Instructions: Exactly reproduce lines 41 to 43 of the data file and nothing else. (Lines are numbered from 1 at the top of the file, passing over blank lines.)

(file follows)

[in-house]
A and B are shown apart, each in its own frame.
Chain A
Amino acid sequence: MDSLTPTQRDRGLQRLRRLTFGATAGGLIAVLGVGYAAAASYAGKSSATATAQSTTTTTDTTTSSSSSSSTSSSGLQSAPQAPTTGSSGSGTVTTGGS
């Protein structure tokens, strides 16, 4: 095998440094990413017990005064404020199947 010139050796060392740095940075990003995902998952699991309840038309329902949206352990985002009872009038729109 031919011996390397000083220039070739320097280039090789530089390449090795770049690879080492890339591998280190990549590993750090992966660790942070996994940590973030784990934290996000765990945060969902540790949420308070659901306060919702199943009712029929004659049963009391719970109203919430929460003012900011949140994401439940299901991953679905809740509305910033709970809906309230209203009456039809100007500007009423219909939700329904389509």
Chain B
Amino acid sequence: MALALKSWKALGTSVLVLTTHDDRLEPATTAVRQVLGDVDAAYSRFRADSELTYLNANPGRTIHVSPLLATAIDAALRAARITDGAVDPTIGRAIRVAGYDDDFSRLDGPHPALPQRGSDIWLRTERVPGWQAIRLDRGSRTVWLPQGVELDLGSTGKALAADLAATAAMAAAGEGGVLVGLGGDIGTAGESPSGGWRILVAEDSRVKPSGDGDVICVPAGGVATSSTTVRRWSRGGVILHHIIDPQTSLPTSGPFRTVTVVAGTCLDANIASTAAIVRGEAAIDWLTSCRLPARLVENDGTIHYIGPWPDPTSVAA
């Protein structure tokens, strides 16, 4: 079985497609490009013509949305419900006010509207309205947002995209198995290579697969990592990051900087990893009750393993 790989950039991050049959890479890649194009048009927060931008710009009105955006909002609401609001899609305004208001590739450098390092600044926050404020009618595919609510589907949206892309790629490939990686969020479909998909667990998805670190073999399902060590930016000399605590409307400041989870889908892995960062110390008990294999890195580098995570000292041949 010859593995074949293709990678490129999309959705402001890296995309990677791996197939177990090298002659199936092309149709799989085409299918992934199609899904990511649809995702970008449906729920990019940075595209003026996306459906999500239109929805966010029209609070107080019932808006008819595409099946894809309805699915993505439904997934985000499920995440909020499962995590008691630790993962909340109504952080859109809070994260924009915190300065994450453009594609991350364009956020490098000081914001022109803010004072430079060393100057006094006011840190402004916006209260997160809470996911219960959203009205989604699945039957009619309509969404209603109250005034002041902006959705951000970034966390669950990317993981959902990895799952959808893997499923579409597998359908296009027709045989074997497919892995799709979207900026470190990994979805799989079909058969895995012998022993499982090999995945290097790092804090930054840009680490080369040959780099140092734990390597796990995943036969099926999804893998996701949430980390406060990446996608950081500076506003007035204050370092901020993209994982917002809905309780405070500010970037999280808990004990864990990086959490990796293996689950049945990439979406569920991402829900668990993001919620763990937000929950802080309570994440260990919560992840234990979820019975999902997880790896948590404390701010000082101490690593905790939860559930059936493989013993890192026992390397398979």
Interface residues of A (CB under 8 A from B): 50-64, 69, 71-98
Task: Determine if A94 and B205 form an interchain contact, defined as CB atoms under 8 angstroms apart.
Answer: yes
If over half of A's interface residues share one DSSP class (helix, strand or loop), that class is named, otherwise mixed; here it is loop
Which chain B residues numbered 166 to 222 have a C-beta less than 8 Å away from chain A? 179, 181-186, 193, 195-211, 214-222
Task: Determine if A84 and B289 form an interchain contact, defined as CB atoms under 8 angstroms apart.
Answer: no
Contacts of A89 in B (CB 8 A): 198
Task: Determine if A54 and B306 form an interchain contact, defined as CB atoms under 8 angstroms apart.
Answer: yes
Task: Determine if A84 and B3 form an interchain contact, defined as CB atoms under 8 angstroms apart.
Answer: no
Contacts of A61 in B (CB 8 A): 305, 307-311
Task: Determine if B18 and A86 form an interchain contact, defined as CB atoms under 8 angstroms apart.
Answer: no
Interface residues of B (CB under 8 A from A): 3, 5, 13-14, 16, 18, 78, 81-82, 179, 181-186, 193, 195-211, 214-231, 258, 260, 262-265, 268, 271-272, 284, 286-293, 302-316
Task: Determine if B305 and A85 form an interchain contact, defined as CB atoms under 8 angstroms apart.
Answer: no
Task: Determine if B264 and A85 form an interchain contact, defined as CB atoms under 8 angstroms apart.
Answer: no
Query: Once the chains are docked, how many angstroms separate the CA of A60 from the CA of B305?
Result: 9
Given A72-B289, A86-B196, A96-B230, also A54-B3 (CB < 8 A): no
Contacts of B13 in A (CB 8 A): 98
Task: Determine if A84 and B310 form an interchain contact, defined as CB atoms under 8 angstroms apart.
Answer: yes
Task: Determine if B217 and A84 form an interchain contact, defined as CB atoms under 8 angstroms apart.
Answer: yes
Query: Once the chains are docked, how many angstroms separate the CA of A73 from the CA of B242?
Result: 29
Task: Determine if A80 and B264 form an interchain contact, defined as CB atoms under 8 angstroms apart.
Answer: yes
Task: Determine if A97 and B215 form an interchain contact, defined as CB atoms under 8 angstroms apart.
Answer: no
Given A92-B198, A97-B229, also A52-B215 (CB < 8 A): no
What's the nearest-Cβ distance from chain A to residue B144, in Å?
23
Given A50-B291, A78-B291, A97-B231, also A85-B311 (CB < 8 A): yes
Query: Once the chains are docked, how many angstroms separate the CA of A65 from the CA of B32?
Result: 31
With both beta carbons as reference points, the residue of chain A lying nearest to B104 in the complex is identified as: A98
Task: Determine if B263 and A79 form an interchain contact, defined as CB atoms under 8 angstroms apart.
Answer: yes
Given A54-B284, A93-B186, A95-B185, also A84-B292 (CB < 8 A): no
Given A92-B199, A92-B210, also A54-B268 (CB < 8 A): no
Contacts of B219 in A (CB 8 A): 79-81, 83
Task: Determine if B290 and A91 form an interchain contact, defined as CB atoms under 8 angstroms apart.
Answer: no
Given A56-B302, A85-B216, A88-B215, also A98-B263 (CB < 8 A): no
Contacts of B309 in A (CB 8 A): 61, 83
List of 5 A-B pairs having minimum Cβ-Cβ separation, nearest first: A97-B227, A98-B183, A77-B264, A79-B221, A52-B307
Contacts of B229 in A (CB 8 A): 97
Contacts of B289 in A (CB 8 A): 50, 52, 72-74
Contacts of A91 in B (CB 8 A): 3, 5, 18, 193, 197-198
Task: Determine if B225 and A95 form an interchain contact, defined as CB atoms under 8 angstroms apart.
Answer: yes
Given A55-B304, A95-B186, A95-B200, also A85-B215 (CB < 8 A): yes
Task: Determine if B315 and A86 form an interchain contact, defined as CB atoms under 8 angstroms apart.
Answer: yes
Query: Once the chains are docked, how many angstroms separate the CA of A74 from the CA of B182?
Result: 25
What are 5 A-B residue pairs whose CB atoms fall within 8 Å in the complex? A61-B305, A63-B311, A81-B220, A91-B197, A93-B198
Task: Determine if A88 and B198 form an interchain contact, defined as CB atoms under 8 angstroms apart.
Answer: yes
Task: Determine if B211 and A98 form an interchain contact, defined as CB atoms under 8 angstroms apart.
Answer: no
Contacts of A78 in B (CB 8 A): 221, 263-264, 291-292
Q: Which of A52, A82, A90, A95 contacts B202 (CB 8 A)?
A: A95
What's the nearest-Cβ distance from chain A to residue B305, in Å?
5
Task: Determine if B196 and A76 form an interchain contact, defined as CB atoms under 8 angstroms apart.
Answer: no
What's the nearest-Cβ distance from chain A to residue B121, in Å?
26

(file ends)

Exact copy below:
Task: Determine if A97 and B215 form an interchain contact, defined as CB atoms under 8 angstroms apart.
Answer: no
Given A92-B198, A97-B229, also A52-B215 (CB < 8 A): no